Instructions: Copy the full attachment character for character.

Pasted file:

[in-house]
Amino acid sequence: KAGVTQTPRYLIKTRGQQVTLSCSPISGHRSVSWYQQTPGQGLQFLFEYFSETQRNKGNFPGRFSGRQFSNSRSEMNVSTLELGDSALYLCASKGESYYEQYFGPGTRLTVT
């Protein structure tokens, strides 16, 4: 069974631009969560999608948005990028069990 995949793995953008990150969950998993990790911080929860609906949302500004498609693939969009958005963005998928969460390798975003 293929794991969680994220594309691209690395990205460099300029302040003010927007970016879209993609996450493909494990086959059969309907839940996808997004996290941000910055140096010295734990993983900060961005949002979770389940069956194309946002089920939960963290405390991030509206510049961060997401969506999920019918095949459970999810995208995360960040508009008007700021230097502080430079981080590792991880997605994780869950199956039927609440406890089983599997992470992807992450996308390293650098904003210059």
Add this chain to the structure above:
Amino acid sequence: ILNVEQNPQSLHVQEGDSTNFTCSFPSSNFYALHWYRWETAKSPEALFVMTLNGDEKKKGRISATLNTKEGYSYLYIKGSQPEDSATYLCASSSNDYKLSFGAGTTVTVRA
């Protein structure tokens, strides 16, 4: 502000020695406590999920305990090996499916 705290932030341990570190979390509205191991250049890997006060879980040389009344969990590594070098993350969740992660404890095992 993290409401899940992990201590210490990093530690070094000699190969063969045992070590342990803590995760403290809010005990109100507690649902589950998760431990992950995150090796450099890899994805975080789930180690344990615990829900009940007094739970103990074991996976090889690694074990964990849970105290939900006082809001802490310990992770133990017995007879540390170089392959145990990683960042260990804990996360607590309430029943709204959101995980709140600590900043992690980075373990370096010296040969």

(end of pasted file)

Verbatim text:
[in-house]
Amino acid sequence: KAGVTQTPRYLIKTRGQQVTLSCSPISGHRSVSWYQQTPGQGLQFLFEYFSETQRNKGNFPGRFSGRQFSNSRSEMNVSTLELGDSALYLCASKGESYYEQYFGPGTRLTVT
């Protein structure tokens, strides 16, 4: 069974631009969560999608948005990028069990 995949793995953008990150969950998993990790911080929860609906949302500004498609693939969009958005963005998928969460390798975003 293929794991969680994220594309691209690395990205460099300029302040003010927007970016879209993609996450493909494990086959059969309907839940996808997004996290941000910055140096010295734990993983900060961005949002979770389940069956194309946002089920939960963290405390991030509206510049961060997401969506999920019918095949459970999810995208995360960040508009008007700021230097502080430079981080590792991880997605994780869950199956039927609440406890089983599997992470992807992450996308390293650098904003210059």
Add this chain to the structure above:
Amino acid sequence: ILNVEQNPQSLHVQEGDSTNFTCSFPSSNFYALHWYRWETAKSPEALFVMTLNGDEKKKGRISATLNTKEGYSYLYIKGSQPEDSATYLCASSSNDYKLSFGAGTTVTVRA
């Protein structure tokens, strides 16, 4: 502000020695406590999920305990090996499916 705290932030341990570190979390509205191991250049890997006060879980040389009344969990590594070098993350969740992660404890095992 993290409401899940992990201590210490990093530690070094000699190969063969045992070590342990803590995760403290809010005990109100507690649902589950998760431990992950995150090796450099890899994805975080789930180690344990615990829900009940007094739970103990074991996976090889690694074990964990849970105290939900006082809001802490310990992770133990017995007879540390170089392959145990990683960042260990804990996360607590309430029943709204959101995980709140600590900043992690980075373990370096010296040969």